Hurricane Katrina survivors need relief, not guns

Bert De Belder

“Katrina survivors are going through a trying time and the People's Health Movement stands in solidarity with them”, says a press statement from the People’s Health Movement (
“Hurricane Katrina survivors need relief, not guns”, said a PHM spokesperson. “Deal with them with dignity”, the global body demands. Reports indicate that more bodies are being recovered today.

The people of Mississippi, Louisiana and Alabama along with people in the rest of the US and the world are shocked by the callousness, carelessness and racism of the Bush Administration in responding to the catastrophe.
“The disaster has become an ongoing crisis, hitting the poor especially badly”, warns PHM.
PHM is a global body of grassroots health, peace and human rights activists, researchers, academics, medical professionals, humanitarian workers, and health and development groups. PHM has presence in nearly 100 countries, many of them flashpoints of disasters and conflicts.
“We are outraged to see US troops in full battle gear in the streets of New Orleans,
targeting poor people searching for food, water and survival as yet another enemy” said a PHM spokesperson.
The PHM argues that the sufferings of Hurricane Katrina victims are being amplified by the Bush government's criminal policies and skewed priorities. “They are not just victims of a natural disaster”, PHM said.
The number of poor people in the US has just topped 37 million and today people of colour have a poverty rate three times the US average. Instead of ensuring benefits and protection for workers and poor, the policy of the present Administration is to give tax cuts for corporations and the wealthy. All this exposes the injustice of US policies, both at home and abroad.
“This is how the poor suffer when a government decides to go for a war instead of fighting poverty”, said a spokesperson.
“We don’t believe that the US is bringing freedom and democracy to Iraq. Our youth fighting and dying in Iraq are being sacrificed for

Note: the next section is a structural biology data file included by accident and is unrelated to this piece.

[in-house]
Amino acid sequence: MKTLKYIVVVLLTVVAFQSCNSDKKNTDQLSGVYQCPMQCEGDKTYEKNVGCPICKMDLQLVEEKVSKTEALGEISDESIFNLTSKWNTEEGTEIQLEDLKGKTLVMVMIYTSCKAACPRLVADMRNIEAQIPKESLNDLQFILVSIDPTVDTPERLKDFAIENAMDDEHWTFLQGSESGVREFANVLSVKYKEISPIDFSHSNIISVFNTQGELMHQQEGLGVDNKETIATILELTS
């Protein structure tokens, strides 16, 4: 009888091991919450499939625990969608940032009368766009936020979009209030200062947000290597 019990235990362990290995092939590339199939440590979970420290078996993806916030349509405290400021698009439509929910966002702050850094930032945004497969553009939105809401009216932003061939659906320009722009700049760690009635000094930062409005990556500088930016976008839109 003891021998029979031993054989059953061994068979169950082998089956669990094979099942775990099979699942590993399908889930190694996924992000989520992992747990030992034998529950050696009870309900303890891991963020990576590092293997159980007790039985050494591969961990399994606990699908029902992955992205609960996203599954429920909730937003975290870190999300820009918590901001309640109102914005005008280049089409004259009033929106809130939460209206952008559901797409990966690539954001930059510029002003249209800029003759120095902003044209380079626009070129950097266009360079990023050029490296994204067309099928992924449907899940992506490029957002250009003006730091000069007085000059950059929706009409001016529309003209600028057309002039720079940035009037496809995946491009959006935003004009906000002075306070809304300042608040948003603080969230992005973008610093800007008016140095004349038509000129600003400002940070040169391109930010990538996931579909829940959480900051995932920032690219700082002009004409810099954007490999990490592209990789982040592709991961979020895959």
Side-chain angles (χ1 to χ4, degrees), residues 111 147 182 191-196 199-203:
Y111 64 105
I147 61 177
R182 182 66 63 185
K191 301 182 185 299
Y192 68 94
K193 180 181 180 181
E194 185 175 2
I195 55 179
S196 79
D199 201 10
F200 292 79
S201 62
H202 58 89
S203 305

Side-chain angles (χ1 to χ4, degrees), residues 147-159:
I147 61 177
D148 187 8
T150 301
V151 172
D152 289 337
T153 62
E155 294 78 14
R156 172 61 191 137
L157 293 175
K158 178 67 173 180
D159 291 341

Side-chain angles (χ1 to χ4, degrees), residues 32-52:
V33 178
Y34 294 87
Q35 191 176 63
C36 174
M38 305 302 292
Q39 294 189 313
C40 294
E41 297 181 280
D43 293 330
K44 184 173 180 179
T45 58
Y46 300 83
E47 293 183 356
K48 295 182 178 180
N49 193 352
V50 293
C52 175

the greed and profit motives of oil companies”, said an associate of PHM-USA. “Bring them back home. They are more needed to rebuild the shattered lives and infrastructure in the Hurricane Katrina devastated areas”, she said.
“Put the needs of the victims first”, said a spokesperson referring to the Bush government’s refusal to accept experienced doctors and humanitarian aid from Cuba. Cuba has an impressive track record of efficient disaster preparedness and response. Cuban doctors have been praised for their service and support in similar disaster situations like with other hurricanes in the Caribbean and even in the Indian Ocean, with the tsunami.
As always in times of need, people are taking initiatives to support the relief and rehabilitation efforts in a demonstration of heartwarming solidarity, trying to make up for the shortfalls in the policies of the US government that have failed to protect and rescue the hurricane affected.
Through a variety of protest actions, pressure is building on the Bush Administration for more resources and appropriate relief and reconstruction and to stop the war in Iraq. Grassroots organizations of the poor and people of color, trade unions and the anti-war movement say that such people-based initiatives are demonstrating that there is another America they represent – an America that extends compassion and solidarity in trying times, “while the Bush Administration seems dead set on representing a US characterized by greed and the arrogance of power”.
The People's Health Movement and its associates support all genuine grassroots efforts to provide solidarity, relief and reconstruction. In the wake of the tsunami, the PHM issued the Chennai Declaration, outlining the principles for a people-centred approach in the rehabilitation of affected communities, that sees them not as passive beneficiaries of aid but as active participants in their own empowerment. “It is important not to ignore people’s health needs, especially the less visible yet life-saving needs like psychosocial support for the affected communities”. “Disasters have a severe impact on the physical and mental health of the members of the affected communities, especially women and children”, states the People’s Charter for Health, the founding document of the Peoples Health Movement and the most widely accepted document on health in the world today.The PHM says that active engagement of affected communities is crucial to make rehabilitation a reality.
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Bert De Belder